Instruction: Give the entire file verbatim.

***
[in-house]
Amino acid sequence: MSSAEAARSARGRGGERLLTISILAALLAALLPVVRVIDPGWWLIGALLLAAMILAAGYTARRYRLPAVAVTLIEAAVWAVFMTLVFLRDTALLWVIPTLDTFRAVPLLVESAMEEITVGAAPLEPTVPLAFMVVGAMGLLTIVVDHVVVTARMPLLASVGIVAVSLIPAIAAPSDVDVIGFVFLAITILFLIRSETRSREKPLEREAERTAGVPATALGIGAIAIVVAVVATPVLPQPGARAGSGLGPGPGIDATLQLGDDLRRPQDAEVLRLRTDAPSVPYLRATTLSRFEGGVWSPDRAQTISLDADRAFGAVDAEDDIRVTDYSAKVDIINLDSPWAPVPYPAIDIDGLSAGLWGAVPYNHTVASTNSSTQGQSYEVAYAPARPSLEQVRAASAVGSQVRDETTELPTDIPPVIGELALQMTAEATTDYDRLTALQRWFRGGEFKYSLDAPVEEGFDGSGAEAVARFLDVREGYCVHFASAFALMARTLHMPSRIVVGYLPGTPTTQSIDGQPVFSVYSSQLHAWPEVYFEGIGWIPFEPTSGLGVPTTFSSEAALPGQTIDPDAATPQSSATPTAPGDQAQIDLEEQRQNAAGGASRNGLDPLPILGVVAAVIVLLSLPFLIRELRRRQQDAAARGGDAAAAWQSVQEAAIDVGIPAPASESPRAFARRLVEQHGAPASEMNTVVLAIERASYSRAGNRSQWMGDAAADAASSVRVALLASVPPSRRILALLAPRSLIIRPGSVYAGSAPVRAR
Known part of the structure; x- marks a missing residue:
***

[in-house]
Amino acid sequence: MSSAEAARSARGRGGERLLTISILAALLAALLPVVRVIDPGWWLIGALLLAAMILAAGYTARRYRLPAVAVTLIEAAVWAVFMTLVFLRDTALLWVIPTLDTFRAVPLLVESAMEEITVGAAPLEPTVPLAFMVVGAMGLLTIVVDHVVVTARMPLLASVGIVAVSLIPAIAAPSDVDVIGFVFLAITILFLIRSETRSREKPLEREAERTAGVPATALGIGAIAIVVAVVATPVLPQPGARAGSGLGPGPGIDATLQLGDDLRRPQDAEVLRLRTDAPSVPYLRATTLSRFEGGVWSPDRAQTISLDADRAFGAVDAEDDIRVTDYSAKVDIINLDSPWAPVPYPAIDIDGLSAGLWGAVPYNHTVASTNSSTQGQSYEVAYAPARPSLEQVRAASAVGSQVRDETTELPTDIPPVIGELALQMTAEATTDYDRLTALQRWFRGGEFKYSLDAPVEEGFDGSGAEAVARFLDVREGYCVHFASAFALMARTLHMPSRIVVGYLPGTPTTQSIDGQPVFSVYSSQLHAWPEVYFEGIGWIPFEPTSGLGVPTTFSSEAALPGQTIDPDAATPQSSATPTAPGDQAQIDLEEQRQNAAGGASRNGLDPLPILGVVAAVIVLLSLPFLIRELRRRQQDAAARGGDAAAAWQSVQEAAIDVGIPAPASESPRAFARRLVEQHGAPASEMNTVVLAIERASYSRAGNRSQWMGDAAADAASSVRVALLASVPPSRRILALLAPRSLIIRPGSVYAGSAPVRAR
Known part of the structure; x- marks a missing residue: